Robinson Cano’s dad Jose threw to his son in Monday night’s Home Run Derby at Citi Field in New York. And he spoke to reporters about his son’s impending free agency before Tuesday’s All-Star Game:
“I am confident that the Yankees are going to come up with something good in the end,” Jose Cano said. “I hope that he can stay here. He can be the leader, like a captain. Robinson’s very smart, but quiet. He’s not going to talk too much. He talks when he needs to talk. That’s a good thing for being on a kind of team like the Yankees. He’s doing everything straight.”
“[Robinson] is the one who’s going to make a decision in the end,” added Jose. “We can say yes, we can say no, we can say we don’t know, but he’s the one who’s going to make the decision in the end.”
Jon Heyman of CBS Sports reported a couple weeks ago that “there’s a very good chance” Cano will hit the free agent market in November. The 30-year-old is batting .302/.386/.531 with 21 home runs and 65 RBI through 95 games this season for the fourth-place Bombers while earning a salary of $15 million.
Cano has made $58M in his nine years with New York. He recently signed with Jay-Z’s Roc Nation Sports.
If you are old enough and lame enough as I am, you may have lurked around on sabermetic message boards in the 1990s. If you did, you may have heard of Sherri Nichols, who back in the day, was a significant contributor to the advancement of statistical analysis, particularly defensive analysis.
While it’s probably better that not everyone is as old and nerdy as me, the downside of it is that most people haven’t heard of Nichols and know nothing about her contributions. That changes today with Ben Lindbergh’s excellent analysis of Nichols and her work over at The Ringer, which I recommend that you all read.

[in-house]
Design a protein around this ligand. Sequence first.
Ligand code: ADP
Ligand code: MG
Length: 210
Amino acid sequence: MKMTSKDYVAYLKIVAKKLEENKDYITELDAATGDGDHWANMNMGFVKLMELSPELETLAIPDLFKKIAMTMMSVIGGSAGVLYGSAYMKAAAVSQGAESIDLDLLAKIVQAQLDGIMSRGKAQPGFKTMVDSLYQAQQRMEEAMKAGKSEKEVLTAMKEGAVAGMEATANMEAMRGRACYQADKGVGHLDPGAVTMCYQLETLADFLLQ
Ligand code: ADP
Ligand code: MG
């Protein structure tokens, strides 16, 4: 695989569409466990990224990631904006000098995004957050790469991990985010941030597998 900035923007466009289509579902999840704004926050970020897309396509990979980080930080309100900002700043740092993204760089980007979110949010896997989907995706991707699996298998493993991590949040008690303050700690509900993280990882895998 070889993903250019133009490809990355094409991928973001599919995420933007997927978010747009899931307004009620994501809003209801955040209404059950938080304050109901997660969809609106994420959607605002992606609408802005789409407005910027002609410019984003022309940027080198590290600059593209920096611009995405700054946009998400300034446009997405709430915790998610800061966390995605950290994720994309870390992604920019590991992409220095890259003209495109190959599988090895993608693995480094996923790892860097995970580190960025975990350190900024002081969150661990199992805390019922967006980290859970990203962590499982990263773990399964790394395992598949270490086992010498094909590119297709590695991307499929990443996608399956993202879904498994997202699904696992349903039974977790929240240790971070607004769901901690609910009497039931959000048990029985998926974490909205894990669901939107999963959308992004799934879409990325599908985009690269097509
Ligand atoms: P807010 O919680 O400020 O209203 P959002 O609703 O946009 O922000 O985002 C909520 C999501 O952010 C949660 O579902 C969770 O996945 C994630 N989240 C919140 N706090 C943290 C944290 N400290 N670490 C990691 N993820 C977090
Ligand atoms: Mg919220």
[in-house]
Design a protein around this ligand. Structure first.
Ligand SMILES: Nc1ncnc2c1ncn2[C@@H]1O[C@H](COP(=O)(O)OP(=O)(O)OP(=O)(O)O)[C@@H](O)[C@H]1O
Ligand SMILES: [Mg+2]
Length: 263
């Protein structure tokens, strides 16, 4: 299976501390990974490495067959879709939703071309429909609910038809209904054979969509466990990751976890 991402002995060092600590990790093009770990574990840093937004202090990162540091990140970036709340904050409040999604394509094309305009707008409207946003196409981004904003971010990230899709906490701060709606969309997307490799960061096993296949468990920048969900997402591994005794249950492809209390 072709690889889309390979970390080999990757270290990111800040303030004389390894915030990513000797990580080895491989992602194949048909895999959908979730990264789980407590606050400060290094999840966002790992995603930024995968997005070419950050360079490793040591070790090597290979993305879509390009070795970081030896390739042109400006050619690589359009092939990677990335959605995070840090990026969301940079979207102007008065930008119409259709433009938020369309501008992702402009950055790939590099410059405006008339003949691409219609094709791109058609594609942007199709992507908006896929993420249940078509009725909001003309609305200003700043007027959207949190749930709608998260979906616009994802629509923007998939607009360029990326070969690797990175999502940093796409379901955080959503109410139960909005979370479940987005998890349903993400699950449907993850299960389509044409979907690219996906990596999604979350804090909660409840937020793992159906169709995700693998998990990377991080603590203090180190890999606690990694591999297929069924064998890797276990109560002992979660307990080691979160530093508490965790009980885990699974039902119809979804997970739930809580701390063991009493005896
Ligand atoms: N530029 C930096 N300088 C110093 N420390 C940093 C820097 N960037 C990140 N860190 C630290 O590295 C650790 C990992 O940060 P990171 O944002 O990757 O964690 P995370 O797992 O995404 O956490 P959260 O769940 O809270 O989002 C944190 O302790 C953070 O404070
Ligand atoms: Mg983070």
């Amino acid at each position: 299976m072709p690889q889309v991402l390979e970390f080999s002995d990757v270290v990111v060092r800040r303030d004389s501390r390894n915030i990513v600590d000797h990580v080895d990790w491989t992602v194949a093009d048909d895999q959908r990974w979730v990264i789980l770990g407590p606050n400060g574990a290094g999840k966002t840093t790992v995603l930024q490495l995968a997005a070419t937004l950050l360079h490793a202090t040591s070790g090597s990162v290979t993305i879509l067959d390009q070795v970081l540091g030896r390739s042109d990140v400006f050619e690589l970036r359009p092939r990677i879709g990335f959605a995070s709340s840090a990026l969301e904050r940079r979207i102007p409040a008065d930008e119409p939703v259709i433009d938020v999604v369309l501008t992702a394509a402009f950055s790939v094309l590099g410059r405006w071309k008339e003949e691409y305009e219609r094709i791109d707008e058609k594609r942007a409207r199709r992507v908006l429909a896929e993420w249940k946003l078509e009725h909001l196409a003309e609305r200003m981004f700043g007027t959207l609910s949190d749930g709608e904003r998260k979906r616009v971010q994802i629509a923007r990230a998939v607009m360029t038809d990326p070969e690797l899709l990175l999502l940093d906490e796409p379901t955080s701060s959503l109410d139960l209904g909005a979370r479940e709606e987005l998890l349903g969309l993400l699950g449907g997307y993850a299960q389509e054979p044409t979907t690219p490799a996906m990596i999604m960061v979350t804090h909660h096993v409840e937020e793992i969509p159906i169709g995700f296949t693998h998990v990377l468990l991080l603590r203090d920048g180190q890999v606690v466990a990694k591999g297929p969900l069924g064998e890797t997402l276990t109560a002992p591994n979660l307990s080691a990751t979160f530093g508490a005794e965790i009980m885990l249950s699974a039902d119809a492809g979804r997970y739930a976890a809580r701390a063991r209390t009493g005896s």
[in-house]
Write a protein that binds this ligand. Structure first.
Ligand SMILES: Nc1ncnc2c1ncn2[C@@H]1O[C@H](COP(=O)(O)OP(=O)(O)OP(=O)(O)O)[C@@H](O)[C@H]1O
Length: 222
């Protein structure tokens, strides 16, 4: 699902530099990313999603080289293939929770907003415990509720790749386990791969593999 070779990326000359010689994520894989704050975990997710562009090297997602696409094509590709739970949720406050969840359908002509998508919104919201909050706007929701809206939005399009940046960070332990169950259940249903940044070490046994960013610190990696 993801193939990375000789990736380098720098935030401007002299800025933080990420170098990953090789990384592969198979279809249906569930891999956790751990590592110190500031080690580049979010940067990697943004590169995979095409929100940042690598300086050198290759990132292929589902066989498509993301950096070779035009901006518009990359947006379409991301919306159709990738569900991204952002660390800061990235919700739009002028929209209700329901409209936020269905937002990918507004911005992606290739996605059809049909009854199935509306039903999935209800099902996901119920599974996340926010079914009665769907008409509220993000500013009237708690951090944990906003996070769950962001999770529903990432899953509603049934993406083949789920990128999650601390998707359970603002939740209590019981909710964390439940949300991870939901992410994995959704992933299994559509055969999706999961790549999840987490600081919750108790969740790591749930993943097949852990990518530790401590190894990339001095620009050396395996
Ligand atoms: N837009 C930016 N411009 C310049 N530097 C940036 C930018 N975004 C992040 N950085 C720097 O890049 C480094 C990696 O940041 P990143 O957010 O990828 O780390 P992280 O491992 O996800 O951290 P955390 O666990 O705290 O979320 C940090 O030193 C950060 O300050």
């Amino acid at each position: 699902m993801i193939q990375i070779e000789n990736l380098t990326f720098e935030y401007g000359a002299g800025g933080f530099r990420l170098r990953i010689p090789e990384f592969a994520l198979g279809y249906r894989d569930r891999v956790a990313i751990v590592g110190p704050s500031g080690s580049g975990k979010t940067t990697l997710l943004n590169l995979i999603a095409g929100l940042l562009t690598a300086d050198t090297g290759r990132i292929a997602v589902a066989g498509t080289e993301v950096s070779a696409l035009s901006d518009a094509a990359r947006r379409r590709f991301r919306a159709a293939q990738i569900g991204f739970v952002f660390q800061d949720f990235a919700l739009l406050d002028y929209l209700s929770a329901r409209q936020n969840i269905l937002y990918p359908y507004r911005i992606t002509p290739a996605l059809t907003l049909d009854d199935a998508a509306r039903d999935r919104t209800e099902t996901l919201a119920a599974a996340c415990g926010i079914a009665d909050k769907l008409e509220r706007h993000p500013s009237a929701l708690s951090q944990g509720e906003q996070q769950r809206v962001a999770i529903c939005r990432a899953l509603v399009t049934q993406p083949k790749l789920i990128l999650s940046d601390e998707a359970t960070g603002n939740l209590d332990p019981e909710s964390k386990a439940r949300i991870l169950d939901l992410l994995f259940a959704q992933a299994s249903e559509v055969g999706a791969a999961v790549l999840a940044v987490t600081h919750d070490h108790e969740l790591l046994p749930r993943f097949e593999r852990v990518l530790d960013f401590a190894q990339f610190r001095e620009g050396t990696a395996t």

The short version: Nichols is the one who planted the seed about on-base percentage being valuable in the mind of Baseball Prospectus Founder Gary Huckabay, back in the late 80s. She’s also the one most responsible for the rise of zone-based defensive metrics in the 1990s, such as Defensive Average, which she created and which served as the basis for other such metrics going forward. She also played a critical role in the development of RetroSheet, which collected almost all extant box score and play-by-play information going back to the turn of the 20th century, thereby making so much of the information available at Baseball-Reference.com and FanGraphs possible. A key contribution there: making the information free and available to everyone, rather than closing the underlying data off as proprietary and either charging for access or keeping it in-house like some recent data collectors have chosen to do. Ahem.
A larger takeaway than all of Nichols’ contributions is just how loathe the baseball community was to listen to a woman back then. I mean, yeah, they’re still loathe to listen to women now, as indicated by the small number of women who hold jobs in baseball operations departments, but back then it was even worse, as evidenced by Lindbergh’s stories and Nichols’ anecdotes.
A great read and a great history lesson.